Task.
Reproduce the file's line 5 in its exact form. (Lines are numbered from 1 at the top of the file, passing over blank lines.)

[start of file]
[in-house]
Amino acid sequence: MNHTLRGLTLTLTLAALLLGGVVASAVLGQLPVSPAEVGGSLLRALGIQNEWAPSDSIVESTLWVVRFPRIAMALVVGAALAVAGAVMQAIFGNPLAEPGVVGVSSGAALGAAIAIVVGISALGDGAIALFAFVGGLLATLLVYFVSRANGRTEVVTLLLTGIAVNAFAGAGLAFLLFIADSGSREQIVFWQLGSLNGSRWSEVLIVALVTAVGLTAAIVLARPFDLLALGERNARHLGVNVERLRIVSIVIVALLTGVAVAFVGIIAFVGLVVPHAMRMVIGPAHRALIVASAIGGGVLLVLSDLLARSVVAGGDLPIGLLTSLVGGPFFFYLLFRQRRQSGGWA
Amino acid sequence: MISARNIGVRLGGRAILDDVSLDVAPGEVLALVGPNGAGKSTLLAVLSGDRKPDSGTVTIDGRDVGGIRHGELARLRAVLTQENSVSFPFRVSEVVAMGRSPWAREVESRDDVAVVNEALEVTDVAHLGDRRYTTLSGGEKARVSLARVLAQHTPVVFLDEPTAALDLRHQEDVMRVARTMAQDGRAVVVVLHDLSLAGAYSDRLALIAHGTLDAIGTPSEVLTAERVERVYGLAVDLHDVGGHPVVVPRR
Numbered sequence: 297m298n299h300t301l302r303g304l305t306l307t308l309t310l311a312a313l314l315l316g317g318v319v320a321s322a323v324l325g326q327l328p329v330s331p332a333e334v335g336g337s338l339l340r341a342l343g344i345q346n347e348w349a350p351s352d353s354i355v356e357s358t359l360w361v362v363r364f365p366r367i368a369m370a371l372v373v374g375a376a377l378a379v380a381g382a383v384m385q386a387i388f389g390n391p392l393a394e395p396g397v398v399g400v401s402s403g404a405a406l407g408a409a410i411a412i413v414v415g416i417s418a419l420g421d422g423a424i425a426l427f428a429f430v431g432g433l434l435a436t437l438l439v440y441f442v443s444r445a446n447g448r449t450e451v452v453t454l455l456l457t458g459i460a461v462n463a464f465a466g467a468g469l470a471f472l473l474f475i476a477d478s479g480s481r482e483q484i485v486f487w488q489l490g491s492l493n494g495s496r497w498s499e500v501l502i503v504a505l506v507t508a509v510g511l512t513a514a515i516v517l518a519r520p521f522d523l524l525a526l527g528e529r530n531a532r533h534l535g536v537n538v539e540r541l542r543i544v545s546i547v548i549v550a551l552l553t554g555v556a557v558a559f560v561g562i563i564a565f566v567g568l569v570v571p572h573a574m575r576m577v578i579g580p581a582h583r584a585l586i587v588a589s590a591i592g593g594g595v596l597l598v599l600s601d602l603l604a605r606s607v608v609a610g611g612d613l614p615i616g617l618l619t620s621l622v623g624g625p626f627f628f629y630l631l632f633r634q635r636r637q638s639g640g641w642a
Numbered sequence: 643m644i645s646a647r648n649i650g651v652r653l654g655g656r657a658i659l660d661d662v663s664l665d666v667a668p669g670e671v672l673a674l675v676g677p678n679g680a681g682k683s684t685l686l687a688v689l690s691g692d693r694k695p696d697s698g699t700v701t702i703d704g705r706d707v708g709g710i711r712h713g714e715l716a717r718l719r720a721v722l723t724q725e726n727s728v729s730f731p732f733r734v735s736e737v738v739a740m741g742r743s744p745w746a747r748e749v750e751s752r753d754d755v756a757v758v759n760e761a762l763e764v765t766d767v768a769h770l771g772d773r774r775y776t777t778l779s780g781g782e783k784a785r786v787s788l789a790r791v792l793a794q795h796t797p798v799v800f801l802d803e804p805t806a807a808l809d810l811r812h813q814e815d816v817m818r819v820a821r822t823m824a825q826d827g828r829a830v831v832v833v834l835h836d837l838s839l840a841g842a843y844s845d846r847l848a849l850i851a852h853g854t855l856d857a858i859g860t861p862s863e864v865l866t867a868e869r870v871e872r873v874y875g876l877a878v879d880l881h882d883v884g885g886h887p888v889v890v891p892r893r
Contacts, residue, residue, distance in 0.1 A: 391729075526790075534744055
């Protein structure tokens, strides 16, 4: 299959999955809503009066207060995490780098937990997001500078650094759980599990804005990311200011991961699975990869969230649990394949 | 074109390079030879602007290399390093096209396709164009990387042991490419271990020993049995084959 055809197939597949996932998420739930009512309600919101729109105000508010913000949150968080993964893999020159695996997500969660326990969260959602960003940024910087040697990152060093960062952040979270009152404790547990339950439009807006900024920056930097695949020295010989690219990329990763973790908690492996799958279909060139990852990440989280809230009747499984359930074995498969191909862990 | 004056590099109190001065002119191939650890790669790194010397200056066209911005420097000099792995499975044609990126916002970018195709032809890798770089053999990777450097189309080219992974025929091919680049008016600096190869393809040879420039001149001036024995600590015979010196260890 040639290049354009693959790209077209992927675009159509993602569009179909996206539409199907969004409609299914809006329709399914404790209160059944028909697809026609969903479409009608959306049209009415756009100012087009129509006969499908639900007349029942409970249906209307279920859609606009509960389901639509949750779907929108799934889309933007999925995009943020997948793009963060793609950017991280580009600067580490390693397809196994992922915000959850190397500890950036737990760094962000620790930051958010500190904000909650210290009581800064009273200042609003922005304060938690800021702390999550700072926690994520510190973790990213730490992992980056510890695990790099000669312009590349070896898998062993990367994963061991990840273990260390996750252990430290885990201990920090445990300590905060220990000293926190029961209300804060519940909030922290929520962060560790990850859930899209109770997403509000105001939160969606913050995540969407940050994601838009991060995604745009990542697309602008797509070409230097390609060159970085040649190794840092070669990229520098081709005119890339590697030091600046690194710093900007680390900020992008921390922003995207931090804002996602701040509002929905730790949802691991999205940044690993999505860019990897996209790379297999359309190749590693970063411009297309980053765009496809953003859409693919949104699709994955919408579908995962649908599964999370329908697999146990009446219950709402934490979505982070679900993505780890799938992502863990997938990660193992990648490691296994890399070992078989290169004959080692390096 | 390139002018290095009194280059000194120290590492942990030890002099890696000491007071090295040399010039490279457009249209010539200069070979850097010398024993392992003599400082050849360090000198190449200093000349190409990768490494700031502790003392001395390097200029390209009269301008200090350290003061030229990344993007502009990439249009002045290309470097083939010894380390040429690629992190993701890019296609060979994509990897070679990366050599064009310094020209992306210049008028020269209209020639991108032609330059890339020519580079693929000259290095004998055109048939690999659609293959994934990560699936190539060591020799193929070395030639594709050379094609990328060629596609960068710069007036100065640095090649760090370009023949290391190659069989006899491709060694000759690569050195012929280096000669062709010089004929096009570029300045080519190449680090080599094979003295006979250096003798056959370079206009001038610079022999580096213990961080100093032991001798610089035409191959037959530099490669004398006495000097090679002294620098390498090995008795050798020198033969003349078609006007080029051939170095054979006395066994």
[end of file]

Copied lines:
Numbered sequence: 643m644i645s646a647r648n649i650g651v652r653l654g655g656r657a658i659l660d661d662v663s664l665d666v667a668p669g670e671v672l673a674l675v676g677p678n679g680a681g682k683s684t685l686l687a688v689l690s691g692d693r694k695p696d697s698g699t700v701t702i703d704g705r706d707v708g709g710i711r712h713g714e715l716a717r718l719r720a721v722l723t724q725e726n727s728v729s730f731p732f733r734v735s736e737v738v739a740m741g742r743s744p745w746a747r748e749v750e751s752r753d754d755v756a757v758v759n760e761a762l763e764v765t766d767v768a769h770l771g772d773r774r775y776t777t778l779s780g781g782e783k784a785r786v787s788l789a790r791v792l793a794q795h796t797p798v799v800f801l802d803e804p805t806a807a808l809d810l811r812h813q814e815d816v817m818r819v820a821r822t823m824a825q826d827g828r829a830v831v832v833v834l835h836d837l838s839l840a841g842a843y844s845d846r847l848a849l850i851a852h853g854t855l856d857a858i859g860t861p862s863e864v865l866t867a868e869r870v871e872r873v874y875g876l877a878v879d880l881h882d883v884g885g886h887p888v889v890v891p892r893r